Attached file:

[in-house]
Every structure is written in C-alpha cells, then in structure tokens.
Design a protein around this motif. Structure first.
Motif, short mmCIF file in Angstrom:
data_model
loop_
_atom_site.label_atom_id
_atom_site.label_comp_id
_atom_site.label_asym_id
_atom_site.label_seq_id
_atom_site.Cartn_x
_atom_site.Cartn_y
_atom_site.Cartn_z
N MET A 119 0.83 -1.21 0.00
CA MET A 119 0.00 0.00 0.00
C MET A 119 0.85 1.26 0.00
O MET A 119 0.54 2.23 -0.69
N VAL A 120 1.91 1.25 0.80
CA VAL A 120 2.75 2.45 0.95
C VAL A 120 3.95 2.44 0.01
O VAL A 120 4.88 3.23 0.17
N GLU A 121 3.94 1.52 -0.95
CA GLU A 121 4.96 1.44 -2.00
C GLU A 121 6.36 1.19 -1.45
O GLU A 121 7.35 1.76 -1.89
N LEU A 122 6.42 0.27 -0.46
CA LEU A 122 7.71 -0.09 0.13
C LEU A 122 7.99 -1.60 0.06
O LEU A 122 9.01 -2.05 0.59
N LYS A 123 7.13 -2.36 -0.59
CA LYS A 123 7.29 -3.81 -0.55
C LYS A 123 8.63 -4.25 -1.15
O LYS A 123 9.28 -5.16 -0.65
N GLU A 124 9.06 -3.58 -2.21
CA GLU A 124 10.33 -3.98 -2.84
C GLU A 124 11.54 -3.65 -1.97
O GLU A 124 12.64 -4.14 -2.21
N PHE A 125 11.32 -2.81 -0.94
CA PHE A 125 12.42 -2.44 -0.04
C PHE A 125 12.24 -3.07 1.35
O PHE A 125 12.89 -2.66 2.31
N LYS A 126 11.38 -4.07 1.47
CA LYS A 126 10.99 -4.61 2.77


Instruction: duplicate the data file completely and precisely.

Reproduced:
[in-house]
Every structure is written in C-alpha cells, then in structure tokens.
Design a protein around this motif. Structure first.
Motif, short mmCIF file in Angstrom:
data_model
loop_
_atom_site.label_atom_id
_atom_site.label_comp_id
_atom_site.label_asym_id
_atom_site.label_seq_id
_atom_site.Cartn_x
_atom_site.Cartn_y
_atom_site.Cartn_z
N MET A 119 0.83 -1.21 0.00
CA MET A 119 0.00 0.00 0.00
C MET A 119 0.85 1.26 0.00
O MET A 119 0.54 2.23 -0.69
N VAL A 120 1.91 1.25 0.80
CA VAL A 120 2.75 2.45 0.95
C VAL A 120 3.95 2.44 0.01
O VAL A 120 4.88 3.23 0.17
N GLU A 121 3.94 1.52 -0.95
CA GLU A 121 4.96 1.44 -2.00
C GLU A 121 6.36 1.19 -1.45
O GLU A 121 7.35 1.76 -1.89
N LEU A 122 6.42 0.27 -0.46
CA LEU A 122 7.71 -0.09 0.13
C LEU A 122 7.99 -1.60 0.06
O LEU A 122 9.01 -2.05 0.59
N LYS A 123 7.13 -2.36 -0.59
CA LYS A 123 7.29 -3.81 -0.55
C LYS A 123 8.63 -4.25 -1.15
O LYS A 123 9.28 -5.16 -0.65
N GLU A 124 9.06 -3.58 -2.21
CA GLU A 124 10.33 -3.98 -2.84
C GLU A 124 11.54 -3.65 -1.97
O GLU A 124 12.64 -4.14 -2.21
N PHE A 125 11.32 -2.81 -0.94
CA PHE A 125 12.42 -2.44 -0.04
C PHE A 125 12.24 -3.07 1.35
O PHE A 125 12.89 -2.66 2.31
N LYS A 126 11.38 -4.07 1.47
CA LYS A 126 10.99 -4.61 2.77